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Are you cheugy? Analyzing what it means to be outdated

Picture this: A millennial wearing skinny jeans, Tory Burch flip flops and an infinity scarf. Her home is decorated with shiplap, distressed wooden signs emblazoned with positive affirmations, and Rae Dunn pottery. This self-described #girlboss may or may not be involved in a MLM scheme.

In one word, how would you describe this woman?

Did you say cheugy? Cheugy (Chew-gee) describes someone who is slightly outdated or passe, but not quite basic. Any gender or age can be a cheug, and it’s not necessarily a bad thing. Even lasagna is considered cheugy, and we all love lasagna. 

First introduced in 2013, the word cheugy is surging in popularity after the now 24-year-old creator posted a TikTok (because where else do trends originate from these days?) speaking about this generic and moderately off-trend aesthetic. Cheugy is yet another point of contention between millennials and gen Z, who hold divergent opinions on style and culture. Check out our latest report, Gen Z on activism, Consumerism and Emojis, to learn just how deep the divide goes.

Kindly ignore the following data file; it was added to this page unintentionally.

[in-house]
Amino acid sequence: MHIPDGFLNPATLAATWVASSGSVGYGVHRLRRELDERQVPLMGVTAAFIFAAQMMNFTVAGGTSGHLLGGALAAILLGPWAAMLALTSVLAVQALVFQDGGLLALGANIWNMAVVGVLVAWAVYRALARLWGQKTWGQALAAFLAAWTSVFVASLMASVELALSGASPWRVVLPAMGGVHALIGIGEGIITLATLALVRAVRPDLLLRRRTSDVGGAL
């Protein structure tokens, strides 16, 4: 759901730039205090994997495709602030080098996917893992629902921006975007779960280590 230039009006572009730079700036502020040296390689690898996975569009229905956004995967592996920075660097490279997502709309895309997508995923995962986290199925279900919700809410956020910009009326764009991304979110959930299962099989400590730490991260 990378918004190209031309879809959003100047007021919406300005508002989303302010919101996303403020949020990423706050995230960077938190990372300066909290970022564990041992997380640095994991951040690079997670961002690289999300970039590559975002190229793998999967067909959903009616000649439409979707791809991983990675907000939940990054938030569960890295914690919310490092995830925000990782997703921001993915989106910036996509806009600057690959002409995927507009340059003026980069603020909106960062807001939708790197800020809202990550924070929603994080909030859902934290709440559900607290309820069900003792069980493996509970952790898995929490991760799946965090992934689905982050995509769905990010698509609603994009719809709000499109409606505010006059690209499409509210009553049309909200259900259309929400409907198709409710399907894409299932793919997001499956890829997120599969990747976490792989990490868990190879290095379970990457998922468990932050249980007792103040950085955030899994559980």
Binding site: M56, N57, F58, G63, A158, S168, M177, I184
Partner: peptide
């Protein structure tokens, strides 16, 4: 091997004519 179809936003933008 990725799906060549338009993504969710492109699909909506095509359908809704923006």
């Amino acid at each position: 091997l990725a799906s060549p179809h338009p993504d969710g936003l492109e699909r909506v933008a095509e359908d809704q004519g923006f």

Here at Relative Insight, we love words. We love studying them, we love analyzing them, and we love seeing how they impact the world around us. And let me tell you, cheugy has left an impact.

Utilizing our text analysis technology, I set out to understand how the public has put this new entry into our lexicon to use. Using a social listening platform, I pulled all tweets mentioning the word cheugy from the past 30 days. 

After uploading the file into Relative Insight, I compared the language used in over 6,000 tweets against our database of standard English – a general representation of the written English language. This type of comparison identifies key themes within a written data set and reveals the words most commonly used alongside the word cheugy. 

What did we find?

We found thousands of statistically significant words and phrases associated with the use of the word. Many of these social insights reflected the culture of the early 2010s – from chevron print, to pumpkin spice, gucci belts and anything live-laugh-love.

Insight card of Cheugy

This new word speaks to the ever-evolving nature of language. Anyone can create a word, even a teenager at a Beverly Hills high school. She found a gap in the English language and filled it. Everyone has seen a cheug, but had no way to describe them – until now.  

Traits that we recognize as cheugy will evolve over time as the trend cycle continues and new items become outdated. So if you hold onto those infinity scarves long enough, they’ll probably be cool again.

Learn about text analysis